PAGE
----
Posts Tagged healthcare

Undercover Hospital Sensei’s Diagnosis – “Healthcare is Broke” [guest post]

Normally, I introduce the guest post author at the conclusion of the post. However, this one needs a little pre-post explanation. Believe me.

First the introduction. This post was earnestly written by my friend, Jeff Fuchs. He is Director of the Maryland World Class Consortia, a lean non-profit assistance organization in the mid-Atlantic. He is also president of Neovista Consulting, working with large and small organizations on lean, leadership, and organizational change. Jeff has participated in the development and expansion of SME/AME/Shingo Prize/ASQ Lean Certification.  He is Lean Bronze Certified and serves as Co-Chairman of the Lean Certification Oversight Committee.  Jeff received his B.S. in aerospace engineering from West Point.  He is a veteran, and a member of the Shingo Prize Board of Examiners.  His current projects are in lean for personal time management, job shops, and lean government.

Now the explanation/background. At the moment, Jeff is the instructor for three lean training programs.  Recently, a trip to the emergency room interrupted one of his training sessions. Subsequent to the “interruption,” Jeff sent out an apologetic and, ever the sensei, instructive email to his session participants. He also shared the email with some other folks. Unfortunately for him, I was one of those folks. Jeff has graciously agreed to let me post his email (with some slight editing) within Gemba Tales. I think his entertaining letter drives home some of the not insignificant opportunities within health care, the importance of customer focus, and the power of direct observation (even when wearing something lent to you by the hospital). That, and Jeff managed to read a great lean book during his “incarceration” and then give it a plug.

The subject line of Jeff’s email –“I’m just fine!” Wish I could say the same for health care in this country.

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Dear Class,

“Rumors of my demise are greatly exaggerated.” Please accept my sincere apologies for throwing your day off last Thursday. Unfortunately, I had to bring my body into the shop for some unscheduled maintenance.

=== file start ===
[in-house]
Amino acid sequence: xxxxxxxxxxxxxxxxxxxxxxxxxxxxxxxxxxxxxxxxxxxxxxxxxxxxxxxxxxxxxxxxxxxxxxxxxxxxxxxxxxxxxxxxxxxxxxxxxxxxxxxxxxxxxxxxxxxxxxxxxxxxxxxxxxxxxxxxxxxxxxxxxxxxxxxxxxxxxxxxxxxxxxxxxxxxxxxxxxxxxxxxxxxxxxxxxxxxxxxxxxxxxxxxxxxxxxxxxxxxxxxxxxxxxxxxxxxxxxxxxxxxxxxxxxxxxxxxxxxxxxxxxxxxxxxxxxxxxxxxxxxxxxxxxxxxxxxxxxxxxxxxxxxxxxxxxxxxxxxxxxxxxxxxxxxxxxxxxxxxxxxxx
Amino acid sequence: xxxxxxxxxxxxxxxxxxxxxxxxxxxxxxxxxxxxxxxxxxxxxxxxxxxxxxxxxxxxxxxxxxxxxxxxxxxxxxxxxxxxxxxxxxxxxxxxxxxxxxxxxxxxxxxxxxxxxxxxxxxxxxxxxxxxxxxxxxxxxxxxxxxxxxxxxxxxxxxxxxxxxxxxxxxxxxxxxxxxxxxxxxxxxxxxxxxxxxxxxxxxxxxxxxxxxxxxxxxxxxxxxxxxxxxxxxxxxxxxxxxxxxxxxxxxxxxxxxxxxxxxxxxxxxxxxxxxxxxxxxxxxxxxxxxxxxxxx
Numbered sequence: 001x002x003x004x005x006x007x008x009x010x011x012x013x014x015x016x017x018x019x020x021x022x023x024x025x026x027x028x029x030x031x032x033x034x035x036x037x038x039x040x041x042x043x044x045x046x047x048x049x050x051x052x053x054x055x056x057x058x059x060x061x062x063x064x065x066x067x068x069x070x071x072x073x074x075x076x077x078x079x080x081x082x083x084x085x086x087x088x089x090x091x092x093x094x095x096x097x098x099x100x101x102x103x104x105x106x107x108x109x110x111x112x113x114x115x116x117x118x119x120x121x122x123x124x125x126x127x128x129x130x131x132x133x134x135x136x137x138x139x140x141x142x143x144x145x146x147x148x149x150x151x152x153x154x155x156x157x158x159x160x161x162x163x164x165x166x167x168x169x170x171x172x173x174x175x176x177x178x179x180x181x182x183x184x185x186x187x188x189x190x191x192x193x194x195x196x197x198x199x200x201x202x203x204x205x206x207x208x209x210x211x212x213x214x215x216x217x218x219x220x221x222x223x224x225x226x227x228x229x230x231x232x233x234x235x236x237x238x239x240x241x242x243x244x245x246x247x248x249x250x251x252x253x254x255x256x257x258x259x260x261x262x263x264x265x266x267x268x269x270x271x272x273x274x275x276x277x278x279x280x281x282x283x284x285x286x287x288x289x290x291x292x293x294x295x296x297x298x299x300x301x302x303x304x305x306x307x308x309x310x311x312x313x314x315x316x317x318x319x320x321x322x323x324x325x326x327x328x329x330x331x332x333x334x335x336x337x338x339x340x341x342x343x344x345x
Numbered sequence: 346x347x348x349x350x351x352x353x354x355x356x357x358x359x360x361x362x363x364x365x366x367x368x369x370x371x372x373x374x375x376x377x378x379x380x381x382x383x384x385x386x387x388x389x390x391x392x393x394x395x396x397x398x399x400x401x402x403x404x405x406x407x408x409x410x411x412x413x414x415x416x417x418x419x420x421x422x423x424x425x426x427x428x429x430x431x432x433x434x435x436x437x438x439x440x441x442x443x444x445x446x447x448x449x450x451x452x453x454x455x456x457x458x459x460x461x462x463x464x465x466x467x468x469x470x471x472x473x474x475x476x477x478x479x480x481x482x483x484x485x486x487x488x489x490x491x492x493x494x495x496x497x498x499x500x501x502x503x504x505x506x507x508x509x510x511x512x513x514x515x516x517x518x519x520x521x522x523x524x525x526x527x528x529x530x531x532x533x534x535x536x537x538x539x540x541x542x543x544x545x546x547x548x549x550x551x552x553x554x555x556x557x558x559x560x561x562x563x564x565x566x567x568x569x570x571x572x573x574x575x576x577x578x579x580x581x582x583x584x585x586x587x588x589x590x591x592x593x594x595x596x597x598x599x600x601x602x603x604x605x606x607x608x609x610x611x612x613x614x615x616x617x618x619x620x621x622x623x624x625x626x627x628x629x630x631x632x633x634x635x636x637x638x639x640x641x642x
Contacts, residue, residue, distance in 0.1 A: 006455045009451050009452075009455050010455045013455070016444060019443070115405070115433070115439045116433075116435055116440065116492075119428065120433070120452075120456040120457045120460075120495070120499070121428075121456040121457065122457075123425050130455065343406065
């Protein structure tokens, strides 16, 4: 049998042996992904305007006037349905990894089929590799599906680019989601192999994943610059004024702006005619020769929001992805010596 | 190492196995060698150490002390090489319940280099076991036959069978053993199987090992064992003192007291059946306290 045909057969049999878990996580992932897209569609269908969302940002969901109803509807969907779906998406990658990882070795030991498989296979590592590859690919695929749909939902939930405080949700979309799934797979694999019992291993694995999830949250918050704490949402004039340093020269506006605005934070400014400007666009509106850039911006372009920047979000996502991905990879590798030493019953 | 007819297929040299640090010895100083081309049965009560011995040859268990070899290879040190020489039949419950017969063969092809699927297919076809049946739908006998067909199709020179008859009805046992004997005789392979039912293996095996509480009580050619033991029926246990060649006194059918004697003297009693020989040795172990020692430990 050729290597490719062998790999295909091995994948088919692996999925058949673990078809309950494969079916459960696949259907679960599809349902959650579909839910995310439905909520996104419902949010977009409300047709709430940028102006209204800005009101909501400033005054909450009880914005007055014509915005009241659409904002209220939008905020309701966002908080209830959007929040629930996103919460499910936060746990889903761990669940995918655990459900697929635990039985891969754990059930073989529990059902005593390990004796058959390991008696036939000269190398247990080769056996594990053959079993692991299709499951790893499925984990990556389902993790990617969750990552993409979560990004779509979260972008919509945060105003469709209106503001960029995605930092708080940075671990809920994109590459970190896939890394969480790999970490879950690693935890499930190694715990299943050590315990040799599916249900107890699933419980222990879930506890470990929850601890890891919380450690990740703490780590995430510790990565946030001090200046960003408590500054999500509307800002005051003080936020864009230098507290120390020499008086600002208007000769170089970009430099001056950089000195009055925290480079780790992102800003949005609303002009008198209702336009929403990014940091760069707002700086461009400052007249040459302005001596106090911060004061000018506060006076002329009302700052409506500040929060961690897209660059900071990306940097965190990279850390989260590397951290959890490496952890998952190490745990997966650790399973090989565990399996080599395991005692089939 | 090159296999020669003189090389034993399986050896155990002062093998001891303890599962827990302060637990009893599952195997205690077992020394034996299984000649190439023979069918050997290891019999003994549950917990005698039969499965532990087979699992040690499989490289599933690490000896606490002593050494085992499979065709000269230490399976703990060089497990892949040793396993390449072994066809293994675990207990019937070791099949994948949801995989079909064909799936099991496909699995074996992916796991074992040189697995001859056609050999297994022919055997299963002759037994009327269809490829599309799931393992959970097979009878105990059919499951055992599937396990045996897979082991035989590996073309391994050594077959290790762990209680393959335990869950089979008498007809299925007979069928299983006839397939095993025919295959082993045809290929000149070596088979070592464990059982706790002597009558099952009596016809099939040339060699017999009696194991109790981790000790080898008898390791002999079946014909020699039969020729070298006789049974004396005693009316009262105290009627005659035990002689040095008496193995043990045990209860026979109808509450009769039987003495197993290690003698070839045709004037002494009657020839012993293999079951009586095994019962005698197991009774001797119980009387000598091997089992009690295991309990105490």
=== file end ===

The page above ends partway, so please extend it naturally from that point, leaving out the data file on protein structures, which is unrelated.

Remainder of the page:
As we all heard Sir Ken Robinson observe on Wednesday’s video, some of us just view our bodies “as a way of getting our heads to meetings.”  Proper upkeep falls by the wayside from time to time, and this is what happens.  A bit of detail is in order.  I was up to answer nature’s call at 4:15 a.m. on Thursday, and instead of the usual heartbeat, “thumpita-thump, thumpita-thump, thumpita-thump…,” what I felt was more like “thumpita-thump, eeerrk! thumpita-eeerrk! thumpita-thump…errkk!…”

I grabbed my keys, wallet, cell phone, and a good book and drove to the emergency room.  You may have missed your day of training, but let me tell you that “class was in session” at the Baltimore Washington Medical Center ER when I showed up for school at 5 a.m.  Four hours later, (Let me say that again, “FOUR HOURS LATER”) we were still monkeying around with forgotten paperwork, twice redone blood draws, shift change meetings over my bed, staff that was making three trips to my room to restock inventory, and rolling me through a series of three “patient inventory” transactions between some lab and back to my ER bay of “move, wait, process, wait, move, wait” for X-ray, sonogram, and ECG, respectively.

I told you folks.  I TOLD you to your face!  “When I am through with you, if I am successful, I will make you as miserable a human being as I am.  You will see broken processes all around you.”  Welcome to my world.  Behold, the sad customer/piece of meat-inventory:

Now seriously, don’t he look sad?  Pity the poor victim of broken process.

Naturally, in a case like this I couldn’t resist going into Consultant Mode.  In spite of being hooked up to the monitor, IV, oxygen, etc. like a marionette, the monitor kept losing my continuing thumpita-errk heartbeat, so the nurses had to keep walking back to the main desk an average of every 11.3 minutes (but who’s counting) to see if I was dead yet and to reset the monitor.  How thoughtful of them to give me an ER bay where I could see their goings on.  Their wasted motion, their absence of mistake-proofing or visual controls, their failed attempts to communicate with each other, failed service opportunities, excessive patient transportation, and more.  How very thoughtful.